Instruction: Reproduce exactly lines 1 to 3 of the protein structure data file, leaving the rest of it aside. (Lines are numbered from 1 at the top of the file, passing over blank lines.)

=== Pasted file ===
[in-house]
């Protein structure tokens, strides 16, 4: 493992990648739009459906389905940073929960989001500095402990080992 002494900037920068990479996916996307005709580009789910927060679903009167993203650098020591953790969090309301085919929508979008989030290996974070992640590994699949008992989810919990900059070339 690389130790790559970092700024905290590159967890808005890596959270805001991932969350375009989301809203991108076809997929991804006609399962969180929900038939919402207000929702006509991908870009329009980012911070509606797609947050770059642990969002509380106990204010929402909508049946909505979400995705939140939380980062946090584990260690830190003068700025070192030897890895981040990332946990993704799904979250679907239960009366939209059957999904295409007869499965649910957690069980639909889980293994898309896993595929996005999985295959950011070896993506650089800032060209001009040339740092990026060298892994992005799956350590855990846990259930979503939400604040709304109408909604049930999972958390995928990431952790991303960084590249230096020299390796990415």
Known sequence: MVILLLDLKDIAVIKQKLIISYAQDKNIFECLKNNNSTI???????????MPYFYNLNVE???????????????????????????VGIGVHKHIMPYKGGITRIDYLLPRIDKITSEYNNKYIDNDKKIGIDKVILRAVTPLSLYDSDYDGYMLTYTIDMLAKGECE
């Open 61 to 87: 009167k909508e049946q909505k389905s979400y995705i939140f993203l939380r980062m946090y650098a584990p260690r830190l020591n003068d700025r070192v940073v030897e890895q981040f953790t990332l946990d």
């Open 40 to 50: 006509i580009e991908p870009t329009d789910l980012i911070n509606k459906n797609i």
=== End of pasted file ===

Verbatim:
[in-house]
């Protein structure tokens, strides 16, 4: 493992990648739009459906389905940073929960989001500095402990080992 002494900037920068990479996916996307005709580009789910927060679903009167993203650098020591953790969090309301085919929508979008989030290996974070992640590994699949008992989810919990900059070339 690389130790790559970092700024905290590159967890808005890596959270805001991932969350375009989301809203991108076809997929991804006609399962969180929900038939919402207000929702006509991908870009329009980012911070509606797609947050770059642990969002509380106990204010929402909508049946909505979400995705939140939380980062946090584990260690830190003068700025070192030897890895981040990332946990993704799904979250679907239960009366939209059957999904295409007869499965649910957690069980639909889980293994898309896993595929996005999985295959950011070896993506650089800032060209001009040339740092990026060298892994992005799956350590855990846990259930979503939400604040709304109408909604049930999972958390995928990431952790991303960084590249230096020299390796990415």
Known sequence: MVILLLDLKDIAVIKQKLIISYAQDKNIFECLKNNNSTI???????????MPYFYNLNVE???????????????????????????VGIGVHKHIMPYKGGITRIDYLLPRIDKITSEYNNKYIDNDKKIGIDKVILRAVTPLSLYDSDYDGYMLTYTIDMLAKGECE